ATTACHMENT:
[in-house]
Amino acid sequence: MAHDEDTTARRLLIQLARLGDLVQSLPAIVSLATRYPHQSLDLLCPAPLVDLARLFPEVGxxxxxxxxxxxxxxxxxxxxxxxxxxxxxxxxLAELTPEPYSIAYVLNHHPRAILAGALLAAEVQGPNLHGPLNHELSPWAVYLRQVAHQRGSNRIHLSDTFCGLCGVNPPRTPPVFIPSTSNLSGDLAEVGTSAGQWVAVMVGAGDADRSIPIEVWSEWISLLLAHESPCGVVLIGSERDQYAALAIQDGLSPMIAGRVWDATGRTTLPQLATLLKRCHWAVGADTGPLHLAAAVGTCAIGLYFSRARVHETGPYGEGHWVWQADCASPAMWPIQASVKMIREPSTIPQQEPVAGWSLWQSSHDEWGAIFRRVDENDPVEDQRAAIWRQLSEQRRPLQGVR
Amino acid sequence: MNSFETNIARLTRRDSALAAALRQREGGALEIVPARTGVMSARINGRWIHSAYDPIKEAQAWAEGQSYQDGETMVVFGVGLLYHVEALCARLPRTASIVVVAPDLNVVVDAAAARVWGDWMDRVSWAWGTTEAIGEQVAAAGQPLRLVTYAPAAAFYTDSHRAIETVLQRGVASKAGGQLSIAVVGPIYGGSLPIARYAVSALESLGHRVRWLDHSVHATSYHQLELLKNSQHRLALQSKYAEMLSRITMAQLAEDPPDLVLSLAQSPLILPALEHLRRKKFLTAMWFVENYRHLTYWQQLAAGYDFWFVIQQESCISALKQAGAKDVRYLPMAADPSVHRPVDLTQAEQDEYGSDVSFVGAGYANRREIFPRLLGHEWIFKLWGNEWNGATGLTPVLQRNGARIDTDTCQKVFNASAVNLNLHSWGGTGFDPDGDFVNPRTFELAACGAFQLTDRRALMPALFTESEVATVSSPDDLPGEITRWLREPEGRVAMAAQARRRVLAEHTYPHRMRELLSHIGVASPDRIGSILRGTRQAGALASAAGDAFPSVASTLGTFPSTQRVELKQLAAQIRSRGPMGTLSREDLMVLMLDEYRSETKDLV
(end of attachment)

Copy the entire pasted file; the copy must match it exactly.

[in-house]
Amino acid sequence: MAHDEDTTARRLLIQLARLGDLVQSLPAIVSLATRYPHQSLDLLCPAPLVDLARLFPEVGxxxxxxxxxxxxxxxxxxxxxxxxxxxxxxxxLAELTPEPYSIAYVLNHHPRAILAGALLAAEVQGPNLHGPLNHELSPWAVYLRQVAHQRGSNRIHLSDTFCGLCGVNPPRTPPVFIPSTSNLSGDLAEVGTSAGQWVAVMVGAGDADRSIPIEVWSEWISLLLAHESPCGVVLIGSERDQYAALAIQDGLSPMIAGRVWDATGRTTLPQLATLLKRCHWAVGADTGPLHLAAAVGTCAIGLYFSRARVHETGPYGEGHWVWQADCASPAMWPIQASVKMIREPSTIPQQEPVAGWSLWQSSHDEWGAIFRRVDENDPVEDQRAAIWRQLSEQRRPLQGVR
Amino acid sequence: MNSFETNIARLTRRDSALAAALRQREGGALEIVPARTGVMSARINGRWIHSAYDPIKEAQAWAEGQSYQDGETMVVFGVGLLYHVEALCARLPRTASIVVVAPDLNVVVDAAAARVWGDWMDRVSWAWGTTEAIGEQVAAAGQPLRLVTYAPAAAFYTDSHRAIETVLQRGVASKAGGQLSIAVVGPIYGGSLPIARYAVSALESLGHRVRWLDHSVHATSYHQLELLKNSQHRLALQSKYAEMLSRITMAQLAEDPPDLVLSLAQSPLILPALEHLRRKKFLTAMWFVENYRHLTYWQQLAAGYDFWFVIQQESCISALKQAGAKDVRYLPMAADPSVHRPVDLTQAEQDEYGSDVSFVGAGYANRREIFPRLLGHEWIFKLWGNEWNGATGLTPVLQRNGARIDTDTCQKVFNASAVNLNLHSWGGTGFDPDGDFVNPRTFELAACGAFQLTDRRALMPALFTESEVATVSSPDDLPGEITRWLREPEGRVAMAAQARRRVLAEHTYPHRMRELLSHIGVASPDRIGSILRGTRQAGALASAAGDAFPSVASTLGTFPSTQRVELKQLAAQIRSRGPMGTLSREDLMVLMLDEYRSETKDLV